Norseman gold project will have a focused mineral resource definition drilling. Credit: Pantoro Limited.
The project is located at the southern end of the Norseman-Wiluna greenstone belt. Credit: Pantoro Limited.
Gold from the project will be recovered in the form of dorés. Credit: Pantoro Limited.

The Norseman gold project, jointly owned by Pantoro (50%) and Norseman Gold (50%), is located in the Eastern Goldfields of Western Australia. Pantoro acquired the stake in July 2019 from Central Norseman Gold Consolidated and is the mine’s operator.

The mine will produce 108,000 ounces (oz) a year, on an average, with peak production of 119,000oz expected in the second year of production. Phase one of the project is expected to have an initial life of seven years.

Production from the Norseman gold project was started in 1935. More than 5.5 million ounces (Moz) of gold has been produced since then. The project is considered one of the highest-grade fields within the Yilgarn Craton.

Mining operations at the historic mine, also known as Central Norseman gold mine, were stopped in 2014. Pantoro and Norseman Gold intend to restart operations at the project. The results of the definitive feasibility study (DFS) for phase one of the restart of operations were announced in October 2020.

Drilling and other works have already commenced at the site, with a focused mineral resource definition drilling on six initial mining areas comprising multiple deposits.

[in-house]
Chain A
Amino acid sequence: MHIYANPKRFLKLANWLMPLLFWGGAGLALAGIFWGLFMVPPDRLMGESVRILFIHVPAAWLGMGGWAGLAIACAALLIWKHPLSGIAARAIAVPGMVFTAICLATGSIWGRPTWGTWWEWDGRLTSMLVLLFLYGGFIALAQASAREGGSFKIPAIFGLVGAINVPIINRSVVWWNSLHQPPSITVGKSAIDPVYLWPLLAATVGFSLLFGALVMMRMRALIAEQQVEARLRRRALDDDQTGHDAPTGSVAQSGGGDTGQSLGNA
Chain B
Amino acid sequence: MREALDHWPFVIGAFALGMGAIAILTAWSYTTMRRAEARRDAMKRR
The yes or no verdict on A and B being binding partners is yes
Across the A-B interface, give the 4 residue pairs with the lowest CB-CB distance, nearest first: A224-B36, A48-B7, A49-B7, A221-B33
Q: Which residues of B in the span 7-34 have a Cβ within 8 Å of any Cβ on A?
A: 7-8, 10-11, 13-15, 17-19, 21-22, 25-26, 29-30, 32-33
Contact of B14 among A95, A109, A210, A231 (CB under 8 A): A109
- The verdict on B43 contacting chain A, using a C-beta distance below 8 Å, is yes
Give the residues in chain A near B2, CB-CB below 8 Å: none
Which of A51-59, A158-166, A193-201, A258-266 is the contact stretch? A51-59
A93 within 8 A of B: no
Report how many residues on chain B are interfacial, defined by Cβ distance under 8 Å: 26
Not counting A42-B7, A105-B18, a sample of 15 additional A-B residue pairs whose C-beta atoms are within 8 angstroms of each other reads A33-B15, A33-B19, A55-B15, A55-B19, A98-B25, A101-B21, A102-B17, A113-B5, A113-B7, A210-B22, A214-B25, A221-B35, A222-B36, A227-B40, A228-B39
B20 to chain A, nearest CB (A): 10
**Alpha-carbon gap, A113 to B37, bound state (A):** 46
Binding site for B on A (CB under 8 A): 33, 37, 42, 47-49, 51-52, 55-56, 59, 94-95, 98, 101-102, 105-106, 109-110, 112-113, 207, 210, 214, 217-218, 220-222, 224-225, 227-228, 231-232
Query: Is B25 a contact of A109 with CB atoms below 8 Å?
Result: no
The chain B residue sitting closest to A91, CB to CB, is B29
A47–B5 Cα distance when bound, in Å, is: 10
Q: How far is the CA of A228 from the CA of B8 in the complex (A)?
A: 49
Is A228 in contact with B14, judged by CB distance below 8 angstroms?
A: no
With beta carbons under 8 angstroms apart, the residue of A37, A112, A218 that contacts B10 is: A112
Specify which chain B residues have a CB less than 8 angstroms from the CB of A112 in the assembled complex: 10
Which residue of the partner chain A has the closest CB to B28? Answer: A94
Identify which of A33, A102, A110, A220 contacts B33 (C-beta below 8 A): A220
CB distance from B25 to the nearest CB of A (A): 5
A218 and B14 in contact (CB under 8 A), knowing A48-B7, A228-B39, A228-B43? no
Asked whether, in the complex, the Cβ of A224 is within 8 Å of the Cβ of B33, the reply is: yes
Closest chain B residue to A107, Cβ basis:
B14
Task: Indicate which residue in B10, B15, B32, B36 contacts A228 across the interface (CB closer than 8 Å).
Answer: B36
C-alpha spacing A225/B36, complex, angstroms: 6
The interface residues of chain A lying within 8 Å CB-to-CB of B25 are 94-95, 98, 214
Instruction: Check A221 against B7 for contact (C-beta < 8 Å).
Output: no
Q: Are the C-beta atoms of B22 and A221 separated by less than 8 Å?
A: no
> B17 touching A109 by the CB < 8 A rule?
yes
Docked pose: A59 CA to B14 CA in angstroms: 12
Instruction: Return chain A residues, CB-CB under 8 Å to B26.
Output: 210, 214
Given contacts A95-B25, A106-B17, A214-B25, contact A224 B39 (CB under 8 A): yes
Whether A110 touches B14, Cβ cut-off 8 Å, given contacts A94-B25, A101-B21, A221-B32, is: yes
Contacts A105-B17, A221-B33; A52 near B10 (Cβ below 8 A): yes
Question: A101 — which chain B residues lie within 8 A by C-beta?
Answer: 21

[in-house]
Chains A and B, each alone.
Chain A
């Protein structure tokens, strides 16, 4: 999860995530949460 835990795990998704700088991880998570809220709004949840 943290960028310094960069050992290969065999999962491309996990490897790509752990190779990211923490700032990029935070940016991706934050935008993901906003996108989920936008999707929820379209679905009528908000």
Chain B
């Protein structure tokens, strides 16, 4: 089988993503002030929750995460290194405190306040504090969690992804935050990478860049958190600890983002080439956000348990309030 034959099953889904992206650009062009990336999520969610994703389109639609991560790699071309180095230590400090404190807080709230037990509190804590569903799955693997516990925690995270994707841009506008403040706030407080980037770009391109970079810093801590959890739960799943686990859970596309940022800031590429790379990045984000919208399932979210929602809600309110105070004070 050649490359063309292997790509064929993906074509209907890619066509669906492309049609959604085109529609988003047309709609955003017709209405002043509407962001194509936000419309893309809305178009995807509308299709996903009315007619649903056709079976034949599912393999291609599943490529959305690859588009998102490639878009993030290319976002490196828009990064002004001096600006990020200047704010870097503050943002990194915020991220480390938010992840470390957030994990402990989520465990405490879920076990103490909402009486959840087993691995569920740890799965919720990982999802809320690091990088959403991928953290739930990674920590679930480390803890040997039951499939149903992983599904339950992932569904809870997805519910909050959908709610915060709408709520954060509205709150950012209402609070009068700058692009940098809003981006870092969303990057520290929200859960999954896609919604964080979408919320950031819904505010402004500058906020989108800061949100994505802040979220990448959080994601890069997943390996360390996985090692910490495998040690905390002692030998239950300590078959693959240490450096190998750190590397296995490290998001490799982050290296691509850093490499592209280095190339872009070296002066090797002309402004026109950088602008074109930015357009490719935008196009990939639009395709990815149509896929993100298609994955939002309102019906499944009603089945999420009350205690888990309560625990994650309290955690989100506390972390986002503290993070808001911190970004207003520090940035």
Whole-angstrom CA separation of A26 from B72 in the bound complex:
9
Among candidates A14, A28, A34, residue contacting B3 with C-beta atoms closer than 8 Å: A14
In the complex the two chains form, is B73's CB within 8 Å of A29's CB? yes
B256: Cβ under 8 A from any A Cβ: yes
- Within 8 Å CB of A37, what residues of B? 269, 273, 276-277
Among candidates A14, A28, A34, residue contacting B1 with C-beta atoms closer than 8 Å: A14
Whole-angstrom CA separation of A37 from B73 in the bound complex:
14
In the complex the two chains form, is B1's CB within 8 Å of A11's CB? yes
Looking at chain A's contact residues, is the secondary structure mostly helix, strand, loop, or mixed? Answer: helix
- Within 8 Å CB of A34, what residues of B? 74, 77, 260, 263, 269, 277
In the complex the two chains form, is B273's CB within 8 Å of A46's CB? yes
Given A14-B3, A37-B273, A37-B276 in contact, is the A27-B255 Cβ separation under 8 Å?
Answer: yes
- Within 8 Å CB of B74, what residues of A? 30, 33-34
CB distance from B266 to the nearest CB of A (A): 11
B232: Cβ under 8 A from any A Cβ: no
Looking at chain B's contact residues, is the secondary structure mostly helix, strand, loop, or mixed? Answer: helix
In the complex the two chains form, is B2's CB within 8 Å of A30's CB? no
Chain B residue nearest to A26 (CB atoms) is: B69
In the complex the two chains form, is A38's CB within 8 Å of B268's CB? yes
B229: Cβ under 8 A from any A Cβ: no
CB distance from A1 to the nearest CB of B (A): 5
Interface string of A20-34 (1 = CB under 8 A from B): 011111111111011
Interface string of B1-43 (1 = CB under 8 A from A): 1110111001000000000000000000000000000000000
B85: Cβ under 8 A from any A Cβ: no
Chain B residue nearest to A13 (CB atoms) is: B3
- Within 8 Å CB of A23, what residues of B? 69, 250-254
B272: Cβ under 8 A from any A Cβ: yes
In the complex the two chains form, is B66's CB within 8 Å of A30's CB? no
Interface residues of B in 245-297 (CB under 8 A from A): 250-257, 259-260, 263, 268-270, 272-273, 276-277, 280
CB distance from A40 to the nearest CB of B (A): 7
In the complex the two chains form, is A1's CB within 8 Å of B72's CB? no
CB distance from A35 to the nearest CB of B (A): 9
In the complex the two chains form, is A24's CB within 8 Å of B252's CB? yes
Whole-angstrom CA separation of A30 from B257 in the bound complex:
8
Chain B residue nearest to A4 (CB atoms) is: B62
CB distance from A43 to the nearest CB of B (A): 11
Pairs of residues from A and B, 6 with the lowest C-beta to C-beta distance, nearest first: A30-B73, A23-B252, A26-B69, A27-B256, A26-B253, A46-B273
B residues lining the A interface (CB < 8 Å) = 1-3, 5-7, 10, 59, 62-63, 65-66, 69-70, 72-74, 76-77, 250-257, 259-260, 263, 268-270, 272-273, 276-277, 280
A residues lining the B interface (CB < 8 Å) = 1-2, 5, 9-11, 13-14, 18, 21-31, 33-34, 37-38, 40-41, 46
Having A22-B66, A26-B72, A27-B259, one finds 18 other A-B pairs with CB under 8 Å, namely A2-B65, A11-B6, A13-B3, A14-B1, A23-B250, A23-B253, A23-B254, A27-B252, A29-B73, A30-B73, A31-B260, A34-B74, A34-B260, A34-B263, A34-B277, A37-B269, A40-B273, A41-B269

Norseman gold project location

The Norseman gold project is located at the southern end of the Norseman-Wiluna greenstone belt in the Eastern Goldfields region. It is situated approximately 200km from Kalgoorlie and Esperance, and 725km from Perth.

Norseman gold project reserves

The proven and probable reserves at the Western Australian gold project are estimated to be nine million tonnes (Mt) graded at 2.1g/t of gold (Au), containing 602,000oz of gold as of October 2020.

Mining at Norseman gold project

The phase one DFS envisions strong returns based on the initial mine life, with potential to extend the mine life by planned targeted drilling in the future.

Operations at the mine will be restarted with production from Scotia and Cobbler open-pit mining centres and the OK underground mine. The mining plan includes the extraction of resources from the initial open pits before the surface mining fleet will proceed to the next open-pit mining centres. Underground mining will be commenced from the base of the completed open-pits based on the feasibility of the location.

The mine schedule was prepared with a focus on minimising sunk mining costs and ensuring the availability of suitable stockpiles for several months of feed throughout the project’s lifetime.

The ores from the mines will be sent to a central one million tonne per annum (Mtpa) processing plant.

The OK and Scotia underground mines will be mined using long hole open stoping mining method, which was selected due to the sub-vertical orebody, modified stope stability analysis, and rock mass characteristics.

The Scotia underground mining is expected to be started after the completion of the north and south stages of open-pit mining. The Scotia open-pit mining centre will utilise conventional open-pit mining methods, employing drill and blast to break the ground, and excavators and trucks to carry the material out of the pit.